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Clinton Says Iran, Russia Continue To Supply Weapons, Money To Syria

U.S. Secretary of State Hillary Clinton laughs before delivering her final speech as secretary at the Council on Foreign Relations in Washington, D.C., on January 31, 2013.
U.S. Secretary of State Hillary Clinton laughs before delivering her final speech as secretary at the Council on Foreign Relations in Washington, D.C., on January 31, 2013.
By RFE/RL
Hillary Clinton, who steps down as U.S. secretary of state on February 1, says Iran and Russia continue to provide military and financial assistance to the Syrian government.

Clinton told reporters on January 31 that keeping Syrian President Bashar al-Assad in power was one of Iran's "highest priorities."

She added that Iran had increased the number of advisers to Damascus and improved the quality of weapons it provides.

Clinton said there were reasons to believe Russia continued to supply Assad with money and "equipment." She said that "the Russians are not bystanders in their support for Assad."

The outgoing secretary of state said it was "within the realm of the possible now" that the Syrian conflict spread into the neighboring countries.

She made the remarks to reporters following her final speech as secretary at the Council of Foreign Relations in Washington.

Clinton told the audience that the United States was "stronger at home and more respected in the world" than when she first took the top diplomatic post.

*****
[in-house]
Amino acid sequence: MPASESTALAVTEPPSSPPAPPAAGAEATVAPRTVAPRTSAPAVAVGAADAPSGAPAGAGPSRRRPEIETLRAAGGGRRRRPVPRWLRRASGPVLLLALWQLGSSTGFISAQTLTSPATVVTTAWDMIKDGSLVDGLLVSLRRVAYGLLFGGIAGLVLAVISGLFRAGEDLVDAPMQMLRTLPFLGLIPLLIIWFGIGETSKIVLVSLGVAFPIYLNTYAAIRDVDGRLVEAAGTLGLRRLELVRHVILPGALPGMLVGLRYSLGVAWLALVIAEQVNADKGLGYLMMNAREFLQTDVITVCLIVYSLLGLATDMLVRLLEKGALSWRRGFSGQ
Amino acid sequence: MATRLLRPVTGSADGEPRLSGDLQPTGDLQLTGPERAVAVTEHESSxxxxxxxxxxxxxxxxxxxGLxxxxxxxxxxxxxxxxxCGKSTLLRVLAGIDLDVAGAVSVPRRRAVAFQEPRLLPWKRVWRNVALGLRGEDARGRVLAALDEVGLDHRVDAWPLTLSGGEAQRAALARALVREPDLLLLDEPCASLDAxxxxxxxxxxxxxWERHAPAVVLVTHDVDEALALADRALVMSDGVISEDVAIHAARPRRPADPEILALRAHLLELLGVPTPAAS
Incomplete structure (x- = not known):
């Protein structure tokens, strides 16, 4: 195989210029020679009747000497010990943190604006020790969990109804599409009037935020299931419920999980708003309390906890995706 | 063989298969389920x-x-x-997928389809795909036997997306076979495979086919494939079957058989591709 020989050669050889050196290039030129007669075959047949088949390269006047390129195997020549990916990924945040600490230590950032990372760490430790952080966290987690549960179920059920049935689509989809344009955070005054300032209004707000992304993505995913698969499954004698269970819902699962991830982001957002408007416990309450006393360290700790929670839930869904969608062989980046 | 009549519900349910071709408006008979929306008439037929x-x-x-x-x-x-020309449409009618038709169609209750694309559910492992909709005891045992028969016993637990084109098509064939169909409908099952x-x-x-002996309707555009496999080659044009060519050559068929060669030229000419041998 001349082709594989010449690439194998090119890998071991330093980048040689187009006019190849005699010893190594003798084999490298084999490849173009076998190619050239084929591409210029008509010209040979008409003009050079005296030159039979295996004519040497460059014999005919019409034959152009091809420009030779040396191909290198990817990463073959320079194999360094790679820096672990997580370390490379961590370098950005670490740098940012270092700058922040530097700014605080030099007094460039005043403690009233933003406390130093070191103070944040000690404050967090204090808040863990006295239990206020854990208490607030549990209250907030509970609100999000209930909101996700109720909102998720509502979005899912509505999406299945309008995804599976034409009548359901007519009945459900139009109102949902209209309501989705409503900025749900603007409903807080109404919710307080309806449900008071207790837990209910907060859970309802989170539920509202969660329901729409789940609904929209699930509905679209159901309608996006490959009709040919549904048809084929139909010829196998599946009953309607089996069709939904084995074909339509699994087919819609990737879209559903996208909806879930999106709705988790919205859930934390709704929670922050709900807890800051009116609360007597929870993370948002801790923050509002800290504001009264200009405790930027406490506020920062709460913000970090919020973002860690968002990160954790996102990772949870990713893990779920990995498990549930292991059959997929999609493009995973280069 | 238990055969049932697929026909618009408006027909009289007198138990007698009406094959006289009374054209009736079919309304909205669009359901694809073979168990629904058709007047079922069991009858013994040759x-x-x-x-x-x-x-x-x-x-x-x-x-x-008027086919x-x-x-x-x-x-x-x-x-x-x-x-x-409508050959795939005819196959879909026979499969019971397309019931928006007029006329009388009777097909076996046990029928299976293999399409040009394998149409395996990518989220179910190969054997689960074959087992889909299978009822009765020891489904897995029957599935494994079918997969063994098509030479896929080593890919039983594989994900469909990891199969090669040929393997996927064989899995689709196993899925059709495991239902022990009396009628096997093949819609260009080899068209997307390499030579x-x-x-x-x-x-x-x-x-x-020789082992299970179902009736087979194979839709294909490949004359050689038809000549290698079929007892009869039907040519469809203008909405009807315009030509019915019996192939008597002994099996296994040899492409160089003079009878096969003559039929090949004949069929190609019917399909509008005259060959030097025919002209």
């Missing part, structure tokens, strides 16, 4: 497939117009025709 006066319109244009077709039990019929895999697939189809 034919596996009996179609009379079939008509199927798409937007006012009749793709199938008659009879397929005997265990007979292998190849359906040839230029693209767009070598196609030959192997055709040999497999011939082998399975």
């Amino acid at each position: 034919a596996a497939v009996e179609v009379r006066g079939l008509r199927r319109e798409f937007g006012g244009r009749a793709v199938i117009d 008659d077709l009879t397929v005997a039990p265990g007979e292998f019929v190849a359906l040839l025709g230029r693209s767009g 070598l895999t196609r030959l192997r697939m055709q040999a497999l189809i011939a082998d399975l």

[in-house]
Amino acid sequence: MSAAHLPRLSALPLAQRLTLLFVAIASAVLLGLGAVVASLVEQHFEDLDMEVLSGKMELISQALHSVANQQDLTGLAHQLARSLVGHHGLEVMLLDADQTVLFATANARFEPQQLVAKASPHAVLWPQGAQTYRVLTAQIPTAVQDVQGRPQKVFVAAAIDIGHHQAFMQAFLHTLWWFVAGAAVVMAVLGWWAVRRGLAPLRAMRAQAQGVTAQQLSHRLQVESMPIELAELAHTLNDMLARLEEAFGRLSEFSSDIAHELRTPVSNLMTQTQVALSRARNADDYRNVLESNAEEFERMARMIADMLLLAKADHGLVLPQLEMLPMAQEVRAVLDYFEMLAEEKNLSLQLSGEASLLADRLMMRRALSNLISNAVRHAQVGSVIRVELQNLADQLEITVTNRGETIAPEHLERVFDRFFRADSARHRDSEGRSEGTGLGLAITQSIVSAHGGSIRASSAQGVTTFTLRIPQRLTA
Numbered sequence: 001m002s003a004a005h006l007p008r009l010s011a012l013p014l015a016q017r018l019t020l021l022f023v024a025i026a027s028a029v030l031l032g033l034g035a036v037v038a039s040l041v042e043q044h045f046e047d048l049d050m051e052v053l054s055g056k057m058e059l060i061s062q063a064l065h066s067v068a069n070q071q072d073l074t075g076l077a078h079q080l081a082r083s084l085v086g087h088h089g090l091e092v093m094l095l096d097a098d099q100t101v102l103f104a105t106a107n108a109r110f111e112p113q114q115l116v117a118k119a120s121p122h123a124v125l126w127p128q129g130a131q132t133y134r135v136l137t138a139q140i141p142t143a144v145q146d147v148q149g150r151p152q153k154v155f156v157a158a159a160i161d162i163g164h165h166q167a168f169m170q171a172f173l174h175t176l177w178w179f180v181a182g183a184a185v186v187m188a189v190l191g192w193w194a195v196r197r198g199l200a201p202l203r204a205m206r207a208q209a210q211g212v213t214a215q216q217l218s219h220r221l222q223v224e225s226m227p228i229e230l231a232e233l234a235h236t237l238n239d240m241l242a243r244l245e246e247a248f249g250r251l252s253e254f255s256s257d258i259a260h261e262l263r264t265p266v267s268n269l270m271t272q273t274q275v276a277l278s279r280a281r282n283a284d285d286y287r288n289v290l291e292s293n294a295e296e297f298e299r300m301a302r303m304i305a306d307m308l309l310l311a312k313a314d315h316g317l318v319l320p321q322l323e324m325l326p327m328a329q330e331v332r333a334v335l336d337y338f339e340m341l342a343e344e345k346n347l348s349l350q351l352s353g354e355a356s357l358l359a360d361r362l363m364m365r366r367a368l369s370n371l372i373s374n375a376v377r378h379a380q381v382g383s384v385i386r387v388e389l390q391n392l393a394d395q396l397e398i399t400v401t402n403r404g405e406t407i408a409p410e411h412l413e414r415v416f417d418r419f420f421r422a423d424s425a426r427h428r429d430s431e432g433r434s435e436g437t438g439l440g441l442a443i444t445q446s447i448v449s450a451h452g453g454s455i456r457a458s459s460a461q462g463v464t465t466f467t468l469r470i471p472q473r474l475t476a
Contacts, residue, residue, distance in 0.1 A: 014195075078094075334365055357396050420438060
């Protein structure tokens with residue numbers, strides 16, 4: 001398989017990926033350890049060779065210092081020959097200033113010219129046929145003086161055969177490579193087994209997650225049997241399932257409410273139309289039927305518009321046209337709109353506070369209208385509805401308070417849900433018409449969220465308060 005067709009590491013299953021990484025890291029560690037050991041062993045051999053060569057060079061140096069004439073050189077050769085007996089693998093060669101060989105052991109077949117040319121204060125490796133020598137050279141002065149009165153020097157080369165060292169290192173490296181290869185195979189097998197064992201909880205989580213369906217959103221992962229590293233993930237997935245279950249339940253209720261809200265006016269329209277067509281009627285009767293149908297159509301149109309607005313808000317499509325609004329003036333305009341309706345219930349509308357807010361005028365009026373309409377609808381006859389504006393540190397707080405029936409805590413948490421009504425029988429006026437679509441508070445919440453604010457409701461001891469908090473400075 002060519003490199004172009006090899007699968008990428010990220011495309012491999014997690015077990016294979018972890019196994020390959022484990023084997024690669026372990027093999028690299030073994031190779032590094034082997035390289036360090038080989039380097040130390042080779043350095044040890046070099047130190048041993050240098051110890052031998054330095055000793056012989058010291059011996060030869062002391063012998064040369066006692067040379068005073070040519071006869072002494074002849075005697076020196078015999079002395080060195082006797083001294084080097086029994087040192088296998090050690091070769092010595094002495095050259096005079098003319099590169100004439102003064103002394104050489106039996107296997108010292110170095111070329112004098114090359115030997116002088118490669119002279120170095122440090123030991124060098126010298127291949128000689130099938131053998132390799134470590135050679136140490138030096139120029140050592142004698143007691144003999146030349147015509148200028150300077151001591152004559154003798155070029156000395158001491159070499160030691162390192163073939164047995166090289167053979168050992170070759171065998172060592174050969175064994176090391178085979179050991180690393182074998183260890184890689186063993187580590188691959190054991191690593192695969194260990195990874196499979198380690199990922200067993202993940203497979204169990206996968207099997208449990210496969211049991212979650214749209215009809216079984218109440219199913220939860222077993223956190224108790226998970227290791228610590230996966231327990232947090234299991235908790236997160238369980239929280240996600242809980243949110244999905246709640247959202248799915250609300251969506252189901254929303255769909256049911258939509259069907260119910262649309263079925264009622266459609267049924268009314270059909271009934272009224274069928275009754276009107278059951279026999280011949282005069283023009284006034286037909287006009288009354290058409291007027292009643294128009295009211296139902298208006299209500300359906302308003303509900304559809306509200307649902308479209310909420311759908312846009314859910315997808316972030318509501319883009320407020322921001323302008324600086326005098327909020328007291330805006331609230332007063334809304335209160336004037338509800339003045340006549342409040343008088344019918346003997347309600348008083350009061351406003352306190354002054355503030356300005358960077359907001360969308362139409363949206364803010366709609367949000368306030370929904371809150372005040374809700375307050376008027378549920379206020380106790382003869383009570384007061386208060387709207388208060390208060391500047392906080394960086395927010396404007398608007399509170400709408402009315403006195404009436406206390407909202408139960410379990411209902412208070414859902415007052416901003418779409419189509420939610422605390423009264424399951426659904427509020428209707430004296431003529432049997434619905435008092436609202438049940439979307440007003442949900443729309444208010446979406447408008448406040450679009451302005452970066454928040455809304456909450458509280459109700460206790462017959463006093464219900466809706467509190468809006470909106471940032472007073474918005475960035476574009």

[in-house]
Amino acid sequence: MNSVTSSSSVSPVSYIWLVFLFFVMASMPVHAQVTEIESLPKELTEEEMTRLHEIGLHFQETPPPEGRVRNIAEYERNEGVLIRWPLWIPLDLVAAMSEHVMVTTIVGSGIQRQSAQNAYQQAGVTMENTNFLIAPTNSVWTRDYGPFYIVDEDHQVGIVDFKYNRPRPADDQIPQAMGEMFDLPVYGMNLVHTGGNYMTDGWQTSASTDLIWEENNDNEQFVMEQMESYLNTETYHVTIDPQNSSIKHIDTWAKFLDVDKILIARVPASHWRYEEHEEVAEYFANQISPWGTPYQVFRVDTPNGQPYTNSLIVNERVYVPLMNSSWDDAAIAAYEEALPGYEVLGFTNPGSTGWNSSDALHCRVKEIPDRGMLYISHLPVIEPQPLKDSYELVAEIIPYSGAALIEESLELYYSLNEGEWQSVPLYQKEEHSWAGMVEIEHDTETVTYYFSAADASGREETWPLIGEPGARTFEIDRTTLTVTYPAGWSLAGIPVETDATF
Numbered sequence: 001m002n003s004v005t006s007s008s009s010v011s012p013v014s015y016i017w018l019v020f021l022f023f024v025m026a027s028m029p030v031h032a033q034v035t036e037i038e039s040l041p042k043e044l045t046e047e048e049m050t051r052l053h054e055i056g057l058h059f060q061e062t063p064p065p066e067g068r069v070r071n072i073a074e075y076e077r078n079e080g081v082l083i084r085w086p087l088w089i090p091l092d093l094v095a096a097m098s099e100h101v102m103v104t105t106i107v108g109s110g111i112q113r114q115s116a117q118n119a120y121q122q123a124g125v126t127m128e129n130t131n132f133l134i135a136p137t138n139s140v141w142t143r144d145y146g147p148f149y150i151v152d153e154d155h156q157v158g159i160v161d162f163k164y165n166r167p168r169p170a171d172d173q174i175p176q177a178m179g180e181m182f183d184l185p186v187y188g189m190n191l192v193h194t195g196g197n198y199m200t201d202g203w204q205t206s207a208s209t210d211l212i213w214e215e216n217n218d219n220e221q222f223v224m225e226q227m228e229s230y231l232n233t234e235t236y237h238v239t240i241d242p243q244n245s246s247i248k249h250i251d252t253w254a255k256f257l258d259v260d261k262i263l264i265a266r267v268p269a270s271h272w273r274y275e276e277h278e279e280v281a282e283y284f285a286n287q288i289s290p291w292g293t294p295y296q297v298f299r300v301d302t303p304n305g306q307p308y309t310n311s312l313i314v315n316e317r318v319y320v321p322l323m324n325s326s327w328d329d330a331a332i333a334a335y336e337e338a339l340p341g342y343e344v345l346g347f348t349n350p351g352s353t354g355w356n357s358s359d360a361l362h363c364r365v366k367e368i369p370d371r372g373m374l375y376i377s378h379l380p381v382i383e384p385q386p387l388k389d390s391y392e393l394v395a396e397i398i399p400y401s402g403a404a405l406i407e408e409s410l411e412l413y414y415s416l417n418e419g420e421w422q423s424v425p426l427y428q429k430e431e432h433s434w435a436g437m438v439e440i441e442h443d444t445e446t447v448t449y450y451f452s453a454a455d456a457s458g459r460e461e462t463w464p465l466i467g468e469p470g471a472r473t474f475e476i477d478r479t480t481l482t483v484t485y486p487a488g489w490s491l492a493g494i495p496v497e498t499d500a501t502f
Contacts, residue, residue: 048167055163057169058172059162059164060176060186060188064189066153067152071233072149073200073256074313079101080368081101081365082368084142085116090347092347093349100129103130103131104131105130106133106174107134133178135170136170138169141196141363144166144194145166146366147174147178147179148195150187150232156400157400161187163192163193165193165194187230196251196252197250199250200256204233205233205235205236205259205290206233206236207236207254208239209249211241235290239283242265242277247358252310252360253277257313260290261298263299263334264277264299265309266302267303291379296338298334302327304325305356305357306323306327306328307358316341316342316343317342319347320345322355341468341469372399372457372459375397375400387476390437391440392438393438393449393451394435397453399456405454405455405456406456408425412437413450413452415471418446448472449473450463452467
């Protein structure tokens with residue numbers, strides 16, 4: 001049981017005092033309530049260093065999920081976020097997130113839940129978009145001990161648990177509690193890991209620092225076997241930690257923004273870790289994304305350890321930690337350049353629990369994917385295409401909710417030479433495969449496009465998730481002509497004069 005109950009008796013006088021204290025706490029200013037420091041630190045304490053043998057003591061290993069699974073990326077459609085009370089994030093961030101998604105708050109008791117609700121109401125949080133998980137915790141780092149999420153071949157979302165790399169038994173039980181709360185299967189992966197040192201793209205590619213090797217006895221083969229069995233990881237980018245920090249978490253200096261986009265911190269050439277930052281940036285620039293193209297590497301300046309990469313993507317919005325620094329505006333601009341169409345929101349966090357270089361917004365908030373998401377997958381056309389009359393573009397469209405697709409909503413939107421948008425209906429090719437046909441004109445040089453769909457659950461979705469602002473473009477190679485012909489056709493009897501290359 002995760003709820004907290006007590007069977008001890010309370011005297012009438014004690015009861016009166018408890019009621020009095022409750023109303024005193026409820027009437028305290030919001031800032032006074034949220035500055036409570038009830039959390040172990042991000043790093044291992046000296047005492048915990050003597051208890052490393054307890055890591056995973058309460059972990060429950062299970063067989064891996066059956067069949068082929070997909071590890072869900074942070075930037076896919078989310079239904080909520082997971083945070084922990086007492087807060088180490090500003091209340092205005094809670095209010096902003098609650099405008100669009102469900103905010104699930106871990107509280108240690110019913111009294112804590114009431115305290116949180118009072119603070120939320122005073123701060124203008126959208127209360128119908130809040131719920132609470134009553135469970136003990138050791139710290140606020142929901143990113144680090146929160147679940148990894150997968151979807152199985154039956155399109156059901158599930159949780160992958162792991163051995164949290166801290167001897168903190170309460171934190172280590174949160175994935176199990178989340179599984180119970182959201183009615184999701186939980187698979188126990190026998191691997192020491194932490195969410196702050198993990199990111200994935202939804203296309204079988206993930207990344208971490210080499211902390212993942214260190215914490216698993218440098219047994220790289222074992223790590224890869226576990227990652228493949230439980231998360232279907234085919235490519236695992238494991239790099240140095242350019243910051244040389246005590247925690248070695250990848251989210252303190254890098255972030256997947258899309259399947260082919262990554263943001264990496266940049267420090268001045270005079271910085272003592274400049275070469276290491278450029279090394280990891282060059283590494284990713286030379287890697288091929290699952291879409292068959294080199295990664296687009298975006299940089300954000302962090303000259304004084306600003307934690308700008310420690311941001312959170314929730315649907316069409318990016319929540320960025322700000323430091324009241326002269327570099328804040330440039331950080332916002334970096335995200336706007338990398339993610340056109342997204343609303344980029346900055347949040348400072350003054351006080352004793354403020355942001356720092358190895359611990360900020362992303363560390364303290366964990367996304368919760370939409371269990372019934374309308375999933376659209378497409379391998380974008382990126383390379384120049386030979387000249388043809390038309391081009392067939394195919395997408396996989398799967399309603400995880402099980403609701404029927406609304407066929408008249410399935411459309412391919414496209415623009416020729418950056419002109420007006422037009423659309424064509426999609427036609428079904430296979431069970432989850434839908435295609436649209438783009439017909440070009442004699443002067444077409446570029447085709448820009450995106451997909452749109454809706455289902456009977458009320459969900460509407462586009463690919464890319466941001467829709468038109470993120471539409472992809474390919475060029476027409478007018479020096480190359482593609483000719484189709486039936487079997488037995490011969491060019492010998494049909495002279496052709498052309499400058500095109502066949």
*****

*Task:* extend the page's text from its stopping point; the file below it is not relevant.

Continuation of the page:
"A lot has changed in the last four years. Under President [Barack] Obama's leadership we've ended the war in Iraq, begun a transition in Afghanistan, and brought Osama bin Laden to justice," Clinton said.

"We have also revitalized American diplomacy and strengthened out alliances. And while our economic recovery is not yet complete, we are heading in the right direction. In short, America today is stronger at home and more respected in the world, and our global leadership is on firmer footing than many predicted."

21st-Century Tools

Clinton said the State Department had begun to implement "21st-century tools" of diplomacy since she became its head in 2009, including new outreach to emerging powers and average citizens, such as through the use of new technologies and messaging.

China and Russia, she said, are fast implementing their own communication and outreach strategies suited to a more interconnected world.

While considering the last four years, Clinton also looked to the future.

She said the United States would remain the world's "indispensable power," but must "adapt to new realities of global power and influence."

Clinton's successor as secretary of state, U.S. Senator John Kerry, begins work on February 4.

Clinton said pressing foreign-policy goals for his tenure and beyond would include solidifying the U.S. position in Asia, finishing the war in Afghanistan, navigating the changes in the Middle East, and maintaining broad economic engagement.

She also called for U.S. leadership on climate change and for Washington to build on its legacy of defending human rights around the world.

Clinton described achieving equality for women around the world as "the unfinished business of the 21st century."

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